A structured assessment for robotic microsurgical training
Epublication WebSurg.com, Jun 2014;14(06). URL: http://websurg.com/doi/lt03enalrasheed001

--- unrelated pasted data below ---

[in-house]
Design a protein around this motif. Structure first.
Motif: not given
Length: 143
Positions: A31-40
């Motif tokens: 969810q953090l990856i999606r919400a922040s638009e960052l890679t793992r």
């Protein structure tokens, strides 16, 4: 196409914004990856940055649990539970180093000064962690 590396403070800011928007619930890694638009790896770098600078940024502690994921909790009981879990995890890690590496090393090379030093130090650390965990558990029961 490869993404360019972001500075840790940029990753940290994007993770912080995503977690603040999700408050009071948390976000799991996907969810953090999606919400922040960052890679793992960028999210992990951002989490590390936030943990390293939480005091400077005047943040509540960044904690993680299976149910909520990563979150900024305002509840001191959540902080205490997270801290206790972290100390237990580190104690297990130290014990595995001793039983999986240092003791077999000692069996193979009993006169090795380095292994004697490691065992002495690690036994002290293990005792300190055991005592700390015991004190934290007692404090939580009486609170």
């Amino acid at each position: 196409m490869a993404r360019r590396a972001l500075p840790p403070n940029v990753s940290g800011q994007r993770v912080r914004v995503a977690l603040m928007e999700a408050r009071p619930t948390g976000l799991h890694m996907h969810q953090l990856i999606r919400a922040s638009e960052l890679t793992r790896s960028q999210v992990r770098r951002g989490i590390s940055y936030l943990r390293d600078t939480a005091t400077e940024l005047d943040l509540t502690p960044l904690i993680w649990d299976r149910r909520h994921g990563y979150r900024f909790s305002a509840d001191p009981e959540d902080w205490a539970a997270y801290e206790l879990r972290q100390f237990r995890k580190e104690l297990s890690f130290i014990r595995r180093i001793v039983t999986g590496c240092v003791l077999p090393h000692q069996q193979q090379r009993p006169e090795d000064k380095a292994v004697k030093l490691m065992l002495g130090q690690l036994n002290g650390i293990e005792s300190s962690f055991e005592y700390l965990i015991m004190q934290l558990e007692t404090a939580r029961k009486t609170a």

Robotic surgery as a field has expanded rapidly over the past two decades and is being used widely among surgical subspecialties. Its applications in plastic surgery have emerged gradually over the last few years. One of those promising applications is robotic assisted microvascular anastomosis. The purpose of this study was to develop a validated assessment instrument, and then assess the learning curve for robotic assisted microvascular anastomoses. The authors hypothesized that the subjects would demonstrate measurable improvement across multiple domains of performance as a result of robotic practice. Methods: In part 1, an assessment instrument called SARMS (structured assessment of robotic microsurgical skills), which combines the previously validated SAMS (Structured Assessment of Microsurgical Skills) with validated skill domains in robotic surgery was tested. Four blinded expert evaluators graded 6 recorded videos and inter-rater reliability was determined. In part 2, a cohort of 5 microsurgery fellows and 5 Faculty members: each participant performed five robotic assisted micro-anastomotic sessions. All 50 sessions were subjected to blind evaluation using SARMS. Primary outcomes were changes in time required to complete an anastomosis for each participant over the 5 sessions, and trends in SARMS scores for each skill area for each participant over the 5 sessions. Result: Inter-rater reliability for the SARMS instrument was excellent for all skill areas rated among the 4 expert, blinded evaluators, demonstrated by Cronback alpha scores greater than 0.9 in each category. All skill areas and overall performance improved significantly for each participant over the 5 robotic assisted micro-anastomosis sessions, and operative time decreased over the study for all participants. The results showed an initial steep technical skill acquisition followed by more gradual improvement, and a steady decrease in operative times that ranged between 1.2 hours and 9 minutes. Conclusion: The Structured Assessment of Robotic Microsurgery Skills (SARMS) is a valid instrument for assessing microsurgical skills, with good inter-rater reliability. Subjects at all levels of training from very little microvascular experience to microsurgery experts gained proficiency over the course of 5 sessions.